Putrescine content and structural defects in isolated fractions of rat brain after reversible cerebral ischemia.

Published

Journal Article

Reversible cerebral ischemia was produced in rats by occluding both vertebral and both carotid arteries. Following 30 min of ischemia, brains were recirculated for 24 h. The hippocampus, the striatum, and the cortex were sampled, homogenized, and fractionated on a discontinuous sucrose gradient. The fractions were evaluated morphologically by electron microscopy and biochemically by measuring the activity of marker enzymes. Putrescine was extracted from the isolated fractions and measured quantitatively using HPLC and a fluorescence detector. In the total tissue homogenate of control animals putrescine content amounted to 72.0 +/- 3.1, 70.2 +/- 7.6, and 72.7 +/- 2.1 pmol/mg protein in samples prepared from the cortex, the hippocampus, and the striatum, respectively. In the mitochondrial fraction the content was lower, while in the synaptosomal fraction and in myelin it was higher than that in total tissue homogenate. Following cerebral ischemia there was a 6- to 10-fold increase in putrescine in tissue homogenate: In the cortex it increased to 429 +/- 24 pmol/mg protein, in the hippocampus to 585 +/- 70 pmol/mg protein, and in the striatum to 718 +/- 98 pmol/mg protein. Among the isolated fractions the highest levels of putrescine were found in synaptosomes from the striatum (663 +/- 196 pmol/mg protein), followed by the hippocampus (500 +/- 125 pmol/mg protein) and the cerebral cortex (349 +/- 45 pmol/mg protein). This order correlated to the degree of morphological injury which was most pronounced in the striatum and the hippocampus and less in the cerebral cortex. The results of the present study provide further evidence of a relationship between postischemic putrescine levels and the extent of ischemia-induced neuronal injury.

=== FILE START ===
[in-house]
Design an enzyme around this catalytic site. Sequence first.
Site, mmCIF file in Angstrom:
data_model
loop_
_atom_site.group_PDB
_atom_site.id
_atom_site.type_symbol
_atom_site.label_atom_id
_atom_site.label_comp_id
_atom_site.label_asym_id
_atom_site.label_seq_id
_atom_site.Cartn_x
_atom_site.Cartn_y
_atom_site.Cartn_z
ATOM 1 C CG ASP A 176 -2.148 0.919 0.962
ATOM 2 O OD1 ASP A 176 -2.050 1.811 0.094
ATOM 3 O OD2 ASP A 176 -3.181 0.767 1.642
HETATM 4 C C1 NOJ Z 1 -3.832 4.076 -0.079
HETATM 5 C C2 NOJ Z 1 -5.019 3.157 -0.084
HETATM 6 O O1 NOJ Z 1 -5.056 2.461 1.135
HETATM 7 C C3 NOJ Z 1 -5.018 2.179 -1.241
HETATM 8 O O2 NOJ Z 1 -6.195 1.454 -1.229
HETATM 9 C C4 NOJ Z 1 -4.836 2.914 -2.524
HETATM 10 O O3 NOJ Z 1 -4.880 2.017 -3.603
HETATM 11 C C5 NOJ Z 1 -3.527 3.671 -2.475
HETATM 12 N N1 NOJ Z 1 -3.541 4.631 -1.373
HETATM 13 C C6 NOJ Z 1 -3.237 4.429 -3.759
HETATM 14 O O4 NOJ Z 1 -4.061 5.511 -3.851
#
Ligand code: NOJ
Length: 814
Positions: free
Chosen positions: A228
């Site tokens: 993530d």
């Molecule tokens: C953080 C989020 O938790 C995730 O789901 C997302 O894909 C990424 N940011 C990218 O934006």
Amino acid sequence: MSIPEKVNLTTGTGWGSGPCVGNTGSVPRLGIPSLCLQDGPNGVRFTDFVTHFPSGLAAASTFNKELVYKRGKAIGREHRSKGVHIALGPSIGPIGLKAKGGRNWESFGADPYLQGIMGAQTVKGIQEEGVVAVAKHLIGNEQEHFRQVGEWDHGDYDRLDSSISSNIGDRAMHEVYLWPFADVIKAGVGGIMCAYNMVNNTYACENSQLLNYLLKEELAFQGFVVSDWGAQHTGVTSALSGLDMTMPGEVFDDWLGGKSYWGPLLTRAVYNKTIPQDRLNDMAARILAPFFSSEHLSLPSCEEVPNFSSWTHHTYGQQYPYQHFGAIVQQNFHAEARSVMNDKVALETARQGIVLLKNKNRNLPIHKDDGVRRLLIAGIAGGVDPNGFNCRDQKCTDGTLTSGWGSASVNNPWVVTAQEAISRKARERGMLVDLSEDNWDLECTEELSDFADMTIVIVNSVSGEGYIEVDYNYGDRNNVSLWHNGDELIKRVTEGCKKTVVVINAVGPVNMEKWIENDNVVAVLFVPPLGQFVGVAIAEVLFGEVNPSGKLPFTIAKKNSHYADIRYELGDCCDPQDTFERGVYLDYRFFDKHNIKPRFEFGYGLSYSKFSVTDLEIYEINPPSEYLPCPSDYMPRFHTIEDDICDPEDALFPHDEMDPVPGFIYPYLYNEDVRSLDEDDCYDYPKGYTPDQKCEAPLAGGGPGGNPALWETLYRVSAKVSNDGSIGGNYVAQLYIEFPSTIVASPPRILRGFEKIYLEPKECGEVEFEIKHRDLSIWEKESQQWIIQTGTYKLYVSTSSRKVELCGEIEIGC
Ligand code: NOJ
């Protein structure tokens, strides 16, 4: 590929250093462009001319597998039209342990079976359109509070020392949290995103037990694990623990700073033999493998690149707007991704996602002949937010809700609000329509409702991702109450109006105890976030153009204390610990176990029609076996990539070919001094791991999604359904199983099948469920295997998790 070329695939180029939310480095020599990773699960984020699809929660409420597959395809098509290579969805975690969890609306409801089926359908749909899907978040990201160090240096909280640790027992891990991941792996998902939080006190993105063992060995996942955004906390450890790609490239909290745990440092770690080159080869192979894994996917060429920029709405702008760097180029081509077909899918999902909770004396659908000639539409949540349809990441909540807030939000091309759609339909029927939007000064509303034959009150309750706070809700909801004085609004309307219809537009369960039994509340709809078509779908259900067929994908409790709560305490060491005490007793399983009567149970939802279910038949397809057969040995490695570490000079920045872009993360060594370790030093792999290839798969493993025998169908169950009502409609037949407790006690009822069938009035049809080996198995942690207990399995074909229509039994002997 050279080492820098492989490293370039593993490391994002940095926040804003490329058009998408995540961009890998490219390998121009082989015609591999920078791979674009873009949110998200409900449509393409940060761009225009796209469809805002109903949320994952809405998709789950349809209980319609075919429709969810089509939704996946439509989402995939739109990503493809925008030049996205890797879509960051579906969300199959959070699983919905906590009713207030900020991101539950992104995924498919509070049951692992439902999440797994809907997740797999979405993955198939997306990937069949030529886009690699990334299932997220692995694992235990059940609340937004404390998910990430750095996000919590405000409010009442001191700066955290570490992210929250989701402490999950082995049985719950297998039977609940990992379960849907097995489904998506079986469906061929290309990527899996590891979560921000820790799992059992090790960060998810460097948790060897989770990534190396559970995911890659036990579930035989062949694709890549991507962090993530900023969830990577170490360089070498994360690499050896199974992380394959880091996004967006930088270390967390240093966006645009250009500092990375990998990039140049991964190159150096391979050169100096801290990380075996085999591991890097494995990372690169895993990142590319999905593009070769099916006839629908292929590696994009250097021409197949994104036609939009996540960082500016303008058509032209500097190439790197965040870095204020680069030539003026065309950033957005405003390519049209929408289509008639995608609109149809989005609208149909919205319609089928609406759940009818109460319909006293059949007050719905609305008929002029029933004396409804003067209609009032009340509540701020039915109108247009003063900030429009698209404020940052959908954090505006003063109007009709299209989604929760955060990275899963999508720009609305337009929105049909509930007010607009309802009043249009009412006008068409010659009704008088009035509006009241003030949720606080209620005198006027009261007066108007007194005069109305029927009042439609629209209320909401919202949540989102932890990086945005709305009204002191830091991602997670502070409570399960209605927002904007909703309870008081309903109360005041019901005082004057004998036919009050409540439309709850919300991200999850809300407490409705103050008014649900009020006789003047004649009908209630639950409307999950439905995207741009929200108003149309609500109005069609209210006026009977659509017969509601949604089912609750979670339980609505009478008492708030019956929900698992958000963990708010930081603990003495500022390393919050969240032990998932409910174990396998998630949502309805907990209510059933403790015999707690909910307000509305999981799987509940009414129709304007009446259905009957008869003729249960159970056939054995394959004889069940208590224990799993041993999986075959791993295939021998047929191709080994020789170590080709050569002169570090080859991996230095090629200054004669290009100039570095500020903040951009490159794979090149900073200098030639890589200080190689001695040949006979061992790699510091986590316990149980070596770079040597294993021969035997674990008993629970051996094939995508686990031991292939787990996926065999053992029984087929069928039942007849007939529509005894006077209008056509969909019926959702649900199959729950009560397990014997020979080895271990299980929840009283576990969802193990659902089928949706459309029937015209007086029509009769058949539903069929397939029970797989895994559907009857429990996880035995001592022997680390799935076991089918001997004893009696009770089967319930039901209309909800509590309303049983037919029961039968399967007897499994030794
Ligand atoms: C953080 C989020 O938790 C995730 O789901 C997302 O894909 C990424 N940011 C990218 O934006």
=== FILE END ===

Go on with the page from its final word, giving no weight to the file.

Full Text

Cited Authors

  • Röhn, G; Kocher, M; Oschlies, U; Hossmann, KA; Paschen, W

Published Date

  • March 1, 1990

Published In

Volume / Issue

  • 107 / 3

Start / End Page

  • 249 - 255

PubMed ID

  • 2307203

Pubmed Central ID

  • 2307203

Electronic International Standard Serial Number (EISSN)

  • 1090-2430

International Standard Serial Number (ISSN)

  • 0014-4886

Digital Object Identifier (DOI)

  • 10.1016/0014-4886(90)90142-f

Language

  • eng